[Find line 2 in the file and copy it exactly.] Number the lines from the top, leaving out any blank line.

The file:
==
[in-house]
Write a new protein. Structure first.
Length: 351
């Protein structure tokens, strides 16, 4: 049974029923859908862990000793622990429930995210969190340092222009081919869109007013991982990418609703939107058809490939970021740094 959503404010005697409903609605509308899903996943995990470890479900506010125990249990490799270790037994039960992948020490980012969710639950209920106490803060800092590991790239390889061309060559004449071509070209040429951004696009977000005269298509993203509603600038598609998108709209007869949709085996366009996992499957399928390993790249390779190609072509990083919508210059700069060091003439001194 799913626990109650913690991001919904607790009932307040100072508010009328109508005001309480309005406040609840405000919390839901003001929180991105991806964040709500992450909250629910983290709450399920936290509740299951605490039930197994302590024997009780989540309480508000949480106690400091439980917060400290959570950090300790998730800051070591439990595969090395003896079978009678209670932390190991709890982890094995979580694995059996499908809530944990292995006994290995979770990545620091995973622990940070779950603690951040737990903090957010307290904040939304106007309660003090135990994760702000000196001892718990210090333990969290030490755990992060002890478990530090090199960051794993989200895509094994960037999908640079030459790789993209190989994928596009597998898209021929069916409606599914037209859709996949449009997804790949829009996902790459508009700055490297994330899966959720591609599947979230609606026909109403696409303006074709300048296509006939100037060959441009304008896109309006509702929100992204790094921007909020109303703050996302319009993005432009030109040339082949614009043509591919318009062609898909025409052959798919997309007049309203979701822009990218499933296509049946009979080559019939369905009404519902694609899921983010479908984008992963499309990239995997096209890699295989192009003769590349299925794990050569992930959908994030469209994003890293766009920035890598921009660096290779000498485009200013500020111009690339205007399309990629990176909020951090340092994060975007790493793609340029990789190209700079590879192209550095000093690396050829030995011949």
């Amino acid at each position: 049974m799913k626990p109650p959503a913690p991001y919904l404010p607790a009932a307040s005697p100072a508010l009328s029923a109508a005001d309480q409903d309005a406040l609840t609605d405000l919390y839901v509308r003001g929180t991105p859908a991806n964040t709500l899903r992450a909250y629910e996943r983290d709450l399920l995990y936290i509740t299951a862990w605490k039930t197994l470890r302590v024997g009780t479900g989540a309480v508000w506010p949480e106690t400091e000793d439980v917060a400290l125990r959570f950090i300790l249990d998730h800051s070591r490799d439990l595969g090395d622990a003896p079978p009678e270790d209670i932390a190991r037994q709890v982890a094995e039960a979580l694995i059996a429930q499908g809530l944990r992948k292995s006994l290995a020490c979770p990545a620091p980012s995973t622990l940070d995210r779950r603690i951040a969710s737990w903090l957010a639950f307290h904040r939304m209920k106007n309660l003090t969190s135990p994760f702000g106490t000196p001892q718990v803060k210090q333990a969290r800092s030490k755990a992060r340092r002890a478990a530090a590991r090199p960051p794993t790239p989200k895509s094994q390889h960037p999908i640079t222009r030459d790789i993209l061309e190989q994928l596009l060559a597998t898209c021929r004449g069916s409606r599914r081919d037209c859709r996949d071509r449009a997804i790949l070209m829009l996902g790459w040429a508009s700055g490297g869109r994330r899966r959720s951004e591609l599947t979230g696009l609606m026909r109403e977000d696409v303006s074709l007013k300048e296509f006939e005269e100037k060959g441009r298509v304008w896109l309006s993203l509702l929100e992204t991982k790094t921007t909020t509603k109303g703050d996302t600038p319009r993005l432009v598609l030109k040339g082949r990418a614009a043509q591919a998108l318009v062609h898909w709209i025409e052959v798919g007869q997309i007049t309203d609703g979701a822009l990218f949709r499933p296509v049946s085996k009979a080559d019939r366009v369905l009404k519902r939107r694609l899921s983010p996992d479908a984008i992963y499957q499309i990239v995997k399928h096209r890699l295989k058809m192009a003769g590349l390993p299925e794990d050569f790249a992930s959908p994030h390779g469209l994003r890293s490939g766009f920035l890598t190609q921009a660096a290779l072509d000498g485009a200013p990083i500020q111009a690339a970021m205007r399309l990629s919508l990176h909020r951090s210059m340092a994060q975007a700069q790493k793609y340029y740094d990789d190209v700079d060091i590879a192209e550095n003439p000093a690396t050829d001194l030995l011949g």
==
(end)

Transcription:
Write a new protein. Structure first.